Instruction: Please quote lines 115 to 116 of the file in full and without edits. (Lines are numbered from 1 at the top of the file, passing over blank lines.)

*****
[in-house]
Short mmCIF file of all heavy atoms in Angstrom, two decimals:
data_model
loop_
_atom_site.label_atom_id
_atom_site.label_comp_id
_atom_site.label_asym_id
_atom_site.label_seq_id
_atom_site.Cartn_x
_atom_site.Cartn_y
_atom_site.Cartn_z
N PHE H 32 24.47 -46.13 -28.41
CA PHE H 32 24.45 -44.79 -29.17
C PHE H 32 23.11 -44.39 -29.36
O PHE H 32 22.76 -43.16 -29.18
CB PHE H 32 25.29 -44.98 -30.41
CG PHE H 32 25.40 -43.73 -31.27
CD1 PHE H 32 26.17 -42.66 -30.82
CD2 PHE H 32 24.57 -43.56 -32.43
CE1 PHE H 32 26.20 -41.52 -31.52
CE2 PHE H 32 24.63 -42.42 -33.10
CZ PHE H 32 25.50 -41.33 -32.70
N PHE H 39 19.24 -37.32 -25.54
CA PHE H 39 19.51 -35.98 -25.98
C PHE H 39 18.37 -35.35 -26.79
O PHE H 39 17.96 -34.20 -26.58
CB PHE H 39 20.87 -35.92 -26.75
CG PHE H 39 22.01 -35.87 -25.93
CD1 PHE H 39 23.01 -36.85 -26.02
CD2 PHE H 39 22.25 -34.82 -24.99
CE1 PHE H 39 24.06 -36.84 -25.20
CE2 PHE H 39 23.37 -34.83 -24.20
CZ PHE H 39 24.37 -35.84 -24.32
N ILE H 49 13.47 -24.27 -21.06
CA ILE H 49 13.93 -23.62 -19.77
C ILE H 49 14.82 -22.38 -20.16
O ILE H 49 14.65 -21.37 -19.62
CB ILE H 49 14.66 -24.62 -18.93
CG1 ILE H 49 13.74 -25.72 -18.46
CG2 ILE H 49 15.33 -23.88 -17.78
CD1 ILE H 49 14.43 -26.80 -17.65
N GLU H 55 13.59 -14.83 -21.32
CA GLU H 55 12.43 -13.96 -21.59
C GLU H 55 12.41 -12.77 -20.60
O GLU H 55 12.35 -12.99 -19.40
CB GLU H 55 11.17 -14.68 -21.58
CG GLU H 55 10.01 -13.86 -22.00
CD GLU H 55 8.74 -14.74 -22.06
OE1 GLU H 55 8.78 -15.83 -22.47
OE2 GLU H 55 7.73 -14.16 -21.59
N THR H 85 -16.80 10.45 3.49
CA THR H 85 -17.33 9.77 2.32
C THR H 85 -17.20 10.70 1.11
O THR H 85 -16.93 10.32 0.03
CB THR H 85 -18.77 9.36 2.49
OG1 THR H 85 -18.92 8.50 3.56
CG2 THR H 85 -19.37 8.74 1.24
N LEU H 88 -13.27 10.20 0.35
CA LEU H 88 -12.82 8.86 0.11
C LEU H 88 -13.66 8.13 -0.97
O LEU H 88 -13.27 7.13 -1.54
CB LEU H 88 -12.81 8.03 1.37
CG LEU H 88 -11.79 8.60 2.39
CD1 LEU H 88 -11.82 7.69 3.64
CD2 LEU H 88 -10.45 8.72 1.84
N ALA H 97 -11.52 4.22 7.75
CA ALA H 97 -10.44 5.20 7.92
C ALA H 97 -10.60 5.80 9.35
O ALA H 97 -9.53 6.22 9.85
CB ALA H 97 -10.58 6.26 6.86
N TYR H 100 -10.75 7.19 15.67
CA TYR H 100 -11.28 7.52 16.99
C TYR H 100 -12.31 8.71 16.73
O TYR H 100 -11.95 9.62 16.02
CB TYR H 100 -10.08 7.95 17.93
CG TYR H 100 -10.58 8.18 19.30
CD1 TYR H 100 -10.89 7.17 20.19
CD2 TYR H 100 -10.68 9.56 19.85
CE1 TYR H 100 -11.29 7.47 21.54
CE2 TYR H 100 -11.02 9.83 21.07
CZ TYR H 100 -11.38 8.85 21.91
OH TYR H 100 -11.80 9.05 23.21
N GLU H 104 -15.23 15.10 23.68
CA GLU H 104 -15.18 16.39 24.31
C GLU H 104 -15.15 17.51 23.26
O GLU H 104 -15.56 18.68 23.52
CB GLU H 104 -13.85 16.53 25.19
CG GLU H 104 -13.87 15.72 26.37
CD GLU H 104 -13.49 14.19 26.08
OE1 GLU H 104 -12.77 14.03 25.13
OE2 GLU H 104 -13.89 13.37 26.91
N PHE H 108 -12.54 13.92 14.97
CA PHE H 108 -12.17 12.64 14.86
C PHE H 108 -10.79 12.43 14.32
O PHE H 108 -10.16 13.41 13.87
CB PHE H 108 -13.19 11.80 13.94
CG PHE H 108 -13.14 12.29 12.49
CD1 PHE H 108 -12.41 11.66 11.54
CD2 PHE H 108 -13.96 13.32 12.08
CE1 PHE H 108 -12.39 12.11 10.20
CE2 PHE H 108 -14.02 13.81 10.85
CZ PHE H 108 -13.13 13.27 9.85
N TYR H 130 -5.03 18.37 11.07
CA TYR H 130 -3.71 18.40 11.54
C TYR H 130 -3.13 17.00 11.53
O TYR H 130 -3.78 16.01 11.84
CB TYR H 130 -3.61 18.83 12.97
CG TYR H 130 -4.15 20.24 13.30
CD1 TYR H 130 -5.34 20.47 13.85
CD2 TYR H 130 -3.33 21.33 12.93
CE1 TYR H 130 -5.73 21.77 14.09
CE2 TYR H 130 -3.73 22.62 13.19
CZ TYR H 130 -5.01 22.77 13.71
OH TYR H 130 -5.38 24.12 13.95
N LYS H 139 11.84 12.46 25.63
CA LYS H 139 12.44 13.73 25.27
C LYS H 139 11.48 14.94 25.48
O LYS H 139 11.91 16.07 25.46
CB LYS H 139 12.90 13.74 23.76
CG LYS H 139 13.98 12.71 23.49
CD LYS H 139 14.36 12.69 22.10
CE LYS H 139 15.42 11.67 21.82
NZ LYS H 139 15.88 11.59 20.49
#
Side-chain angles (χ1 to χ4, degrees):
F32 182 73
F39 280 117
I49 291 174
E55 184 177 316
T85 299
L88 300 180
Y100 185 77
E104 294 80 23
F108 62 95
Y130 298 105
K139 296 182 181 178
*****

N LYS H 139 11.84 12.46 25.63
CA LYS H 139 12.44 13.73 25.27